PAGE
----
Let's imagine a pair of identical twins. These twins have the same temperament, and since they're identical, it is very hard to tell them apart unless you examine them closely. When it is time for their annual physical, the twins need to step on a weighing scale, and when they do, one weighs slightly more than the other. In terms of chemistry, we can say that these twins are like isotopes of each other.

Atoms and elements are made of protons, neutrons and electrons. The nucleus is made of protons and neutrons, and the electrons surround the nucleus, as shown in the illustration below. The sum of the number of protons and the number of neutrons is equal to the atomic mass.

 

 

In a given element, the number of neutrons can be different from each other, while the number of protons is not. These different versions of the same element are called isotopes. Isotopes are atoms with the same number of protons but that have a different number of neutrons. Since the atomic number is equal to the number of protons and the atomic mass is the sum of protons and neutrons, we can also say that isotopes are elements with the same atomic number but different mass numbers.

Let us take a look at an example.

Isotopes of Hydrogen

 

 

The three are all isotopes of hydrogen. As you can see, they have the same atomic number, or number of protons, (number at the lower left of the element) but different atomic masses (number at the upper left of the element).

The number of neutrons can be calculated by calculating the difference between the atomic mass and atomic number. We can see that for the isotopes of hydrogen, they have varying number of neutrons. For protium, the number of neutrons is zero, for deuterium, the number of neutrons is one, and for tritium, the number of neutrons is two.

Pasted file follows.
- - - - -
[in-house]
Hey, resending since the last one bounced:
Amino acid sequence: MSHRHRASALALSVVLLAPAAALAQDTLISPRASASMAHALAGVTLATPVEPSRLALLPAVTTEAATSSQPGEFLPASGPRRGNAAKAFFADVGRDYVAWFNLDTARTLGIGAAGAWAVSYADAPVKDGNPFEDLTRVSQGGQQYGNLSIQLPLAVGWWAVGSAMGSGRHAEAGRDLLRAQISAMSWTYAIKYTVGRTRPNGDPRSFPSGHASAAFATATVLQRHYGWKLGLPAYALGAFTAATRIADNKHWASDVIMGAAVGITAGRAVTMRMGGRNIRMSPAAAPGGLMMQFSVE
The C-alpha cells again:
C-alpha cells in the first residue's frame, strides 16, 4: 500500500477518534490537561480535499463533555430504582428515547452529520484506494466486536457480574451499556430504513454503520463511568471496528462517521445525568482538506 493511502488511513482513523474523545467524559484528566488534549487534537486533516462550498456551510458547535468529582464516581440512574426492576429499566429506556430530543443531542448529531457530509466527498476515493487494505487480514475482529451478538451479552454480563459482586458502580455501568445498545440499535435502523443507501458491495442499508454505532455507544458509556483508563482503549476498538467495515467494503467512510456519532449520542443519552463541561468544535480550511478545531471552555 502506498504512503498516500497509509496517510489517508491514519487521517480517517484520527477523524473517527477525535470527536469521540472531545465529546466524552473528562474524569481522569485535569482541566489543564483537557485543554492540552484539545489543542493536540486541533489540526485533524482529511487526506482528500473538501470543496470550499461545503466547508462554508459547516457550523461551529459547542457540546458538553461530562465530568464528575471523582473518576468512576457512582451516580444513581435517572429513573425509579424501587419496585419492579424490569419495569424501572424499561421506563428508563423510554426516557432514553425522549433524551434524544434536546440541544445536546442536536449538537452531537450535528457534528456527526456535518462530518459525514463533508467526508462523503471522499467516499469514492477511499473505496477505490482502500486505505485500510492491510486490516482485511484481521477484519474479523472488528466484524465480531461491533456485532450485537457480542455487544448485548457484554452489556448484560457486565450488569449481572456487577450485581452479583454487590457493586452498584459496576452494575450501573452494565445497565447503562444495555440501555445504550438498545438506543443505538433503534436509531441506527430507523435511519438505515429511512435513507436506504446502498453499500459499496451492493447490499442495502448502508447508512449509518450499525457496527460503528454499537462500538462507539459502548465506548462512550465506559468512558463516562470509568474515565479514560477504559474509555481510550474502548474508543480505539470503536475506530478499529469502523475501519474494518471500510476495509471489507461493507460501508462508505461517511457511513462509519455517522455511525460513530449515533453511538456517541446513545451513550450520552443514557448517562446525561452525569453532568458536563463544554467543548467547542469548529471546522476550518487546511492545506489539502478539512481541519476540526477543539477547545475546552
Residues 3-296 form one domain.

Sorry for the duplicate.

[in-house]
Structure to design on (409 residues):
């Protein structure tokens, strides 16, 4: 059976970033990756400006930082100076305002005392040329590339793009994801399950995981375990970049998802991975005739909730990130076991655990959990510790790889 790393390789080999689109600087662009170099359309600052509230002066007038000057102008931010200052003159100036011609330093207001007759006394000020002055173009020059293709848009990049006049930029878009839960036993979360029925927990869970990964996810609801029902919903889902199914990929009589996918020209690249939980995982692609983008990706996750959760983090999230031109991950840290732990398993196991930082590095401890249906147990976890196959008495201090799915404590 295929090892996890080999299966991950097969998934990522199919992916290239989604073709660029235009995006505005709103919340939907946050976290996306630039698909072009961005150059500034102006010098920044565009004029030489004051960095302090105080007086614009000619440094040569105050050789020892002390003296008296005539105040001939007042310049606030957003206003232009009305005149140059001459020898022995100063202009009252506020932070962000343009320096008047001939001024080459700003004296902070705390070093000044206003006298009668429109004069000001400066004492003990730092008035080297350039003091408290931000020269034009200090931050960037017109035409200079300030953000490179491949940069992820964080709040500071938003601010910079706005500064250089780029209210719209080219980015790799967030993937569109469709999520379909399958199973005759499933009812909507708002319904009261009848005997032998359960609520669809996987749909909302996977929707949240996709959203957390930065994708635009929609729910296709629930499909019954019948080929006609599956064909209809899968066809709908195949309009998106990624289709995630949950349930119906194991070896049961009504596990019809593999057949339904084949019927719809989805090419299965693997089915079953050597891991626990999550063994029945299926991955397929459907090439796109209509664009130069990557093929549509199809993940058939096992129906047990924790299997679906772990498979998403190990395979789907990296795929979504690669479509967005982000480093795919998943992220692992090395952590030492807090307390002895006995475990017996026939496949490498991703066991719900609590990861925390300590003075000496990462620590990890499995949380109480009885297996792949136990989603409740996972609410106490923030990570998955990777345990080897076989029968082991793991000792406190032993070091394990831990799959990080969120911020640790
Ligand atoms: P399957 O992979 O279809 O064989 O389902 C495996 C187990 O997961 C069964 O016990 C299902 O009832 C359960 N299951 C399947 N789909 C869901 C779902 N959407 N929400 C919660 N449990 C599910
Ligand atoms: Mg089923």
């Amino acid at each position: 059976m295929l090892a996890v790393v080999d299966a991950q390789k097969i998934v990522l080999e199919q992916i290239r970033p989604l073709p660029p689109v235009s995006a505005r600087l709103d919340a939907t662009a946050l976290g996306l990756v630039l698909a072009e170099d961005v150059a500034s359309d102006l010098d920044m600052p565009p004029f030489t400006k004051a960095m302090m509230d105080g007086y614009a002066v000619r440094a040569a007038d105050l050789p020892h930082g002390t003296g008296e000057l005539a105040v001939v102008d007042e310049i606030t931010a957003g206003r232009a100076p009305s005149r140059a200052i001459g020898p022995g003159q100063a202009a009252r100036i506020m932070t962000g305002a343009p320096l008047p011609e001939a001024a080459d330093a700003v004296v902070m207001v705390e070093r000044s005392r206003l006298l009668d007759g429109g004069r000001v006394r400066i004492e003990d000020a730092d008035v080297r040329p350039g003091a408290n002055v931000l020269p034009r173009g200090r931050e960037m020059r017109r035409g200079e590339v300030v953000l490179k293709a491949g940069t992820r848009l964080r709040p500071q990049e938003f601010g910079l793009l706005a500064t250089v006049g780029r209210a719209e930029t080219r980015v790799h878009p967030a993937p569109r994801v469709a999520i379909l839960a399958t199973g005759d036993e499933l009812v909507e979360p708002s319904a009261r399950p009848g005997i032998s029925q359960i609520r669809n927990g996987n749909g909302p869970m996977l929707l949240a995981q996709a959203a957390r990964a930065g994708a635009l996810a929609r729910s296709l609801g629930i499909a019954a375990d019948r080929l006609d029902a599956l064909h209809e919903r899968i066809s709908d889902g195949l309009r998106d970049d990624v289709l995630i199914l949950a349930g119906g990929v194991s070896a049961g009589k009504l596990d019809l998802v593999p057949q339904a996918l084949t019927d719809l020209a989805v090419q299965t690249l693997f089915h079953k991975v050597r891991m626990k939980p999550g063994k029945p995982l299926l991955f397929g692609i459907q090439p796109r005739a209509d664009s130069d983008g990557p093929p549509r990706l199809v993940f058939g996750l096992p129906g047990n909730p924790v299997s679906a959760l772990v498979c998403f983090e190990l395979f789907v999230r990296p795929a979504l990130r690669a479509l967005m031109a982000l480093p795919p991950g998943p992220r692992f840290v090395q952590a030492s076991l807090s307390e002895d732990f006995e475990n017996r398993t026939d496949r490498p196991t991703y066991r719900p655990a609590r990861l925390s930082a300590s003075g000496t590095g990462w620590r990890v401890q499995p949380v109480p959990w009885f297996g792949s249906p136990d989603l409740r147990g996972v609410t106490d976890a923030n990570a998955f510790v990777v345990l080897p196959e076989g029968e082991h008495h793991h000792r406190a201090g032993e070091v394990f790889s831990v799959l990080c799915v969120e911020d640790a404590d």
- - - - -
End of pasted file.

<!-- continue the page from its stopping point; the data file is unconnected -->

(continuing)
Going back to our comparison with identical twins, we can say that these three isotopes of hydrogen are like identical triplets of each other - they may appear to be identical outside, but they are different inside, and they also have different names.

Isotopes of Carbon

A very popular element, carbon, also has isotopes. There are three isotopes of carbon: carbon-12, carbon-13 and carbon-14. The numbers that are after the carbon refer to the atomic mass.

 

 

The most common and abundant isotope of carbon is carbon-12. Looking at the percentages below each carbon isotope, we see that almost 98.9 % of the carbon that is found is in the form of carbon-12. The least abundant form of carbon is carbon-14, with an abundance of less than 0.0001%. If we calculate the number of neutrons for each carbon isotope, we can see that they differ from each other. For carbon-12, we have 6 neutrons, for carbon-13, we have 7 neutrons and for carbon-14, we have 8 neutrons.

You may notice if we look at the atomic masses of elements in the periodic table that they are rarely ever whole numbers, just like for carbon where the atomic mass is 12.011. This is because the atomic mass of carbon is based on the average atomic masses of its isotopes and the abundance of each isotope.

 

 

Types of Isotopes

There are two main types of isotopes and these are radioactive isotopes and stable isotopes. Stable isotopes have a stable combination of protons and neutrons, so they have stable nuclei and do not undergo decay. These isotopes do not pose dangerous effects to living things, like radioactive isotopes.